Congratulations to Mr. Oe and Japan Times. This however does not change the fact that Oe is a talentless and opportunistic writer whose main achivement is to have wormed himself into the Nobel Prize nobility on account of a handicapt offspring. Compared to Abe Kobo, Yukio Mishima, Akutagawa and others of similar caliber Oe is........nobody. It would be a long list if we tried to sort all the Japanese writers, not recieving the Nobel Price, but far better and exponentially more talented, than Oe-san. If it's any consolation we can reasure Oe-san that he is not the only mistake in the Nobel literature club, but from this point of view he is the biggest.

Here are some on the mistakes list:

Romain Rolland in 1915 and not e.g. Akutagawa
Bertrand Russel in 1950 and not Curzio Malaparte
Ernest Hemingway in 1954 and not e.g. Karen Blixen
Jean-Paul Sartre in 1964 and not e.g. Gy. Faludy
Yasunori Kawabata in 1968 and not e.g. Abe Kobo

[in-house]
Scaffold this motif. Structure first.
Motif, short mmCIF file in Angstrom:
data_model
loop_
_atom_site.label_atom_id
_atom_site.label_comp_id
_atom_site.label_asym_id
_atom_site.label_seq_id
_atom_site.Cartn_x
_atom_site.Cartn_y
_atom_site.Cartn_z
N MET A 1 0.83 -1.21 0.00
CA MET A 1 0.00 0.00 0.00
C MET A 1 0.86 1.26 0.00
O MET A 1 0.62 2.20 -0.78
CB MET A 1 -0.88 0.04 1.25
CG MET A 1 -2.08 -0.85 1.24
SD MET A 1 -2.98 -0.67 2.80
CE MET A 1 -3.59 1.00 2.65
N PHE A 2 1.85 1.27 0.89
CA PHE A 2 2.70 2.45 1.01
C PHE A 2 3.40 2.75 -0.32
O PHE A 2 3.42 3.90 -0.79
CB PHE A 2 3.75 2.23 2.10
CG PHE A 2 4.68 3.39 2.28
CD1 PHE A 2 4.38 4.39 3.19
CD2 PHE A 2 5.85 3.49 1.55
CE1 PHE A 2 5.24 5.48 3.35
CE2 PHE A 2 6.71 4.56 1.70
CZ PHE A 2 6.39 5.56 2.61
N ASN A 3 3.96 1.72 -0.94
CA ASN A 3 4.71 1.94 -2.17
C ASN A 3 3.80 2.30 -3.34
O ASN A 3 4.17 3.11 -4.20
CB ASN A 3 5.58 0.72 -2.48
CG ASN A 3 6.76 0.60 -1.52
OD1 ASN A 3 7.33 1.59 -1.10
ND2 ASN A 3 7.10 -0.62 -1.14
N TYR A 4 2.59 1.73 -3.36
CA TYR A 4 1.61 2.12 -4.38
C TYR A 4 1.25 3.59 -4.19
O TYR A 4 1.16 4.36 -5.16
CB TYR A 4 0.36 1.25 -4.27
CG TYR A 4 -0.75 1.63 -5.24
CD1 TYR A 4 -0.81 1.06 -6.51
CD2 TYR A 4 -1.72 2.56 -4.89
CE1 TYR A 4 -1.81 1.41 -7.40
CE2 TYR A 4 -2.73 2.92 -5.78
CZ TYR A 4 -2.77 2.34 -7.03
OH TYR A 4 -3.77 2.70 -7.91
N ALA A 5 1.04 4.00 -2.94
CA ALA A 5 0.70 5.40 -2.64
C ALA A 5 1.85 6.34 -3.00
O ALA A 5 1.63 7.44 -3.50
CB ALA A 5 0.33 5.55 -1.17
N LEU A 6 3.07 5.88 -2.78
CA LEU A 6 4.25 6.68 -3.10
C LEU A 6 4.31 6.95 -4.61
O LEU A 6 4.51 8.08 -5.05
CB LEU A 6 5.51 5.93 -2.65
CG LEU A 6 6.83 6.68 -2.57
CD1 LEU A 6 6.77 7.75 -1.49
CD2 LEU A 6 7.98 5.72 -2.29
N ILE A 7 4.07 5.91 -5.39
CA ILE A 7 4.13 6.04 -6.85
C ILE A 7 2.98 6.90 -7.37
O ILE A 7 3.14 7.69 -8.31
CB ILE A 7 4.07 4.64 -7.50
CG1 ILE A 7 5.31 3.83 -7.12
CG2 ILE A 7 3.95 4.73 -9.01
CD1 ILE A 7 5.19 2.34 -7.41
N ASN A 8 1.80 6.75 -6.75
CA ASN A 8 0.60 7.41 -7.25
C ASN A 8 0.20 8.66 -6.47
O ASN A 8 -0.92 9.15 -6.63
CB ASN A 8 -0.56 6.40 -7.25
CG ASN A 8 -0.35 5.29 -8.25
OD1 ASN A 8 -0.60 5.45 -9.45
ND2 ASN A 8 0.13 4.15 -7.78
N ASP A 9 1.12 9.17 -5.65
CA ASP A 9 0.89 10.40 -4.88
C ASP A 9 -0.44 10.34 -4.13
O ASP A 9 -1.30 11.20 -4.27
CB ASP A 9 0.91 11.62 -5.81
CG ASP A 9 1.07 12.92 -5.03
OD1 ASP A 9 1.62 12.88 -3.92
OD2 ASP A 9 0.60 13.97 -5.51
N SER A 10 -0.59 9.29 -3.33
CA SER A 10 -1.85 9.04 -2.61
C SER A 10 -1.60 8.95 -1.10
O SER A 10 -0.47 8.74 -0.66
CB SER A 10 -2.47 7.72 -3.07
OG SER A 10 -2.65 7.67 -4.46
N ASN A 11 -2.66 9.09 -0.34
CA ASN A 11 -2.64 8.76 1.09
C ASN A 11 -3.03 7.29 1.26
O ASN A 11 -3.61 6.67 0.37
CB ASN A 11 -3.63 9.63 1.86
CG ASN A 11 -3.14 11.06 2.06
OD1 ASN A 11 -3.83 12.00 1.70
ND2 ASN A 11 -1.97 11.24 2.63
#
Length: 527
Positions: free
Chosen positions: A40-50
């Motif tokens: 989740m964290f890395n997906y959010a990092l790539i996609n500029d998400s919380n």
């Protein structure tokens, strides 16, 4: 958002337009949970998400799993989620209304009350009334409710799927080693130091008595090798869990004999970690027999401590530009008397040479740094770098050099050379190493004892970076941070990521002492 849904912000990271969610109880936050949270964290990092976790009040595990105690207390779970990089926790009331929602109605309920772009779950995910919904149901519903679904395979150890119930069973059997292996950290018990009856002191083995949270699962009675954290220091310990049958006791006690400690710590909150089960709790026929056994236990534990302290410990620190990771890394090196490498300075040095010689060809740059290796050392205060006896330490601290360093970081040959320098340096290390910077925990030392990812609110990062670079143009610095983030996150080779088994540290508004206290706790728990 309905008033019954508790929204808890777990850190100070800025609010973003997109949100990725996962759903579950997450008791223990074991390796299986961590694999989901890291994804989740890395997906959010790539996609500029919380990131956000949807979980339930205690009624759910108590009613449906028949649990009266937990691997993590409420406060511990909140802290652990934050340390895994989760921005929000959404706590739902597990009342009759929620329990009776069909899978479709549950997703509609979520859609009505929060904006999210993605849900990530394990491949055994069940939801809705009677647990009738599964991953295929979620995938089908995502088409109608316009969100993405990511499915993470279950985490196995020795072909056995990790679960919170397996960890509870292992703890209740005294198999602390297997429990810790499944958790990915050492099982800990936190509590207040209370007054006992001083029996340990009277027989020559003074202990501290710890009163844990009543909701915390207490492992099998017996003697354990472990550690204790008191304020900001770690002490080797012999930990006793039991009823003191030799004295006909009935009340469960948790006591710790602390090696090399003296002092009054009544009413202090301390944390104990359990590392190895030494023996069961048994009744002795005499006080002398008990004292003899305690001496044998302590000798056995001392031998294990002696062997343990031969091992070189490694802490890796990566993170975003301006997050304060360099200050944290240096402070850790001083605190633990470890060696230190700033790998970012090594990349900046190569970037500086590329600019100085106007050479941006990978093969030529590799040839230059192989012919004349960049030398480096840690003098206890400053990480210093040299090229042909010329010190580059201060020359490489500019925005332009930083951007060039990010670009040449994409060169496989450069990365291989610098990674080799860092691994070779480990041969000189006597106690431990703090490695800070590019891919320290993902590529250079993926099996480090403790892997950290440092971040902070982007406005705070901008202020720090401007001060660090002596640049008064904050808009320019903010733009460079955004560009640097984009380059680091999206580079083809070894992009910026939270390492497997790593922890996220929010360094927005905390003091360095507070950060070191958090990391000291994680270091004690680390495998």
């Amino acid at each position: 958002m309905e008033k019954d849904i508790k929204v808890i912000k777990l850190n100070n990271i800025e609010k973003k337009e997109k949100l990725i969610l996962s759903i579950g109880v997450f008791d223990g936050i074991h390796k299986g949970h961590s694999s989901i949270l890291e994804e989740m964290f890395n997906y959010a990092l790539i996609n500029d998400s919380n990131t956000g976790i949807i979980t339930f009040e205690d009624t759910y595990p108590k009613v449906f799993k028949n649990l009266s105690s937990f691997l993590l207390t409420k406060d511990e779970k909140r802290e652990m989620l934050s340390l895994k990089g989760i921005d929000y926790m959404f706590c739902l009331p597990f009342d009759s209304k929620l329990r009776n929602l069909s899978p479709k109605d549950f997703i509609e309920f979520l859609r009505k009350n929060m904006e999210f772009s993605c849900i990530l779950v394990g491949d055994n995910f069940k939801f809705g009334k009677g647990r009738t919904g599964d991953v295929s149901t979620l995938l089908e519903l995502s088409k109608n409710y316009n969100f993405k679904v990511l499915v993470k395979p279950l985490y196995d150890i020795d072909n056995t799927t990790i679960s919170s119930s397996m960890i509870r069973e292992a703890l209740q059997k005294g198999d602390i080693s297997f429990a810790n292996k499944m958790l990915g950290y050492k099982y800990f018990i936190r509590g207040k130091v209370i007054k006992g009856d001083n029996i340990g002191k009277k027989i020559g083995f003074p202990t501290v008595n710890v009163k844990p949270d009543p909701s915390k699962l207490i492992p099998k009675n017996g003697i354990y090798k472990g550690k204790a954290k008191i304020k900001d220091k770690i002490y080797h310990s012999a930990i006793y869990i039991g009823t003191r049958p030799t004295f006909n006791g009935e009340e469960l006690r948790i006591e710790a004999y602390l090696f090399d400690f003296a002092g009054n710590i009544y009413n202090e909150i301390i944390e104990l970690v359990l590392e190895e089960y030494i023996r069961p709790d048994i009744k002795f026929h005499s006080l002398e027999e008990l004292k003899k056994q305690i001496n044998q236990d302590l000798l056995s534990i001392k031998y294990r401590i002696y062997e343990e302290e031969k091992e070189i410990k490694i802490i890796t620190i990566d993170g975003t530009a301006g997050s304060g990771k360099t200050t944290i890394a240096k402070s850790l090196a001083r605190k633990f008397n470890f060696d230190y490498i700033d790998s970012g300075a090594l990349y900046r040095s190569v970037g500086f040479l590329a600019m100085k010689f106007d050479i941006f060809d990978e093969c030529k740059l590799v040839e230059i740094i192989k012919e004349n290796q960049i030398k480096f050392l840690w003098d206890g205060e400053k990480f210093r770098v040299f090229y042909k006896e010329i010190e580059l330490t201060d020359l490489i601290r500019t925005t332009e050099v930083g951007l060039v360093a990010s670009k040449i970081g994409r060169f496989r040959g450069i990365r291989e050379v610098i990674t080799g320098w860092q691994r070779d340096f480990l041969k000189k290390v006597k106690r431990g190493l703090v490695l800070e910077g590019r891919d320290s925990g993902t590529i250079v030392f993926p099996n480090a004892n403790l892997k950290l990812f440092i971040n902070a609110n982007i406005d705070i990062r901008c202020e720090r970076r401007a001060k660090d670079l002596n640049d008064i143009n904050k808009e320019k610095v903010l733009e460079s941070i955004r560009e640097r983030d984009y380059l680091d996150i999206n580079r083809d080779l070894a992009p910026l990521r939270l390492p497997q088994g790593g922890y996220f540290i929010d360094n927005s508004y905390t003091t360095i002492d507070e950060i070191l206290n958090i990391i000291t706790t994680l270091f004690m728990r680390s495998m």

Pablo Neruda in1971 and not e.g. Mika Waltari
Kenzaburo Oe in 1994 and not....... almost anybody.

Oe-san is just a low potential high achieving "streber".

Back to the Osaka District Court ruling:
It did NOT side with Oe.

All it said was that : "It cannot be determined if the former garrison commander and others issued the order by themselves, but Mr. Oe has an adequate reason to believe so."

In other words, Oe-san's claim is not proven but he has the right to believe it.
That's fine.

What is obviously misleading in Japan Times is the title Court sides with Oe over mass suicides, and it is degrading that the writer is trying to make us believe what Mr Oe believes. There is another extraordinary new concept in this article: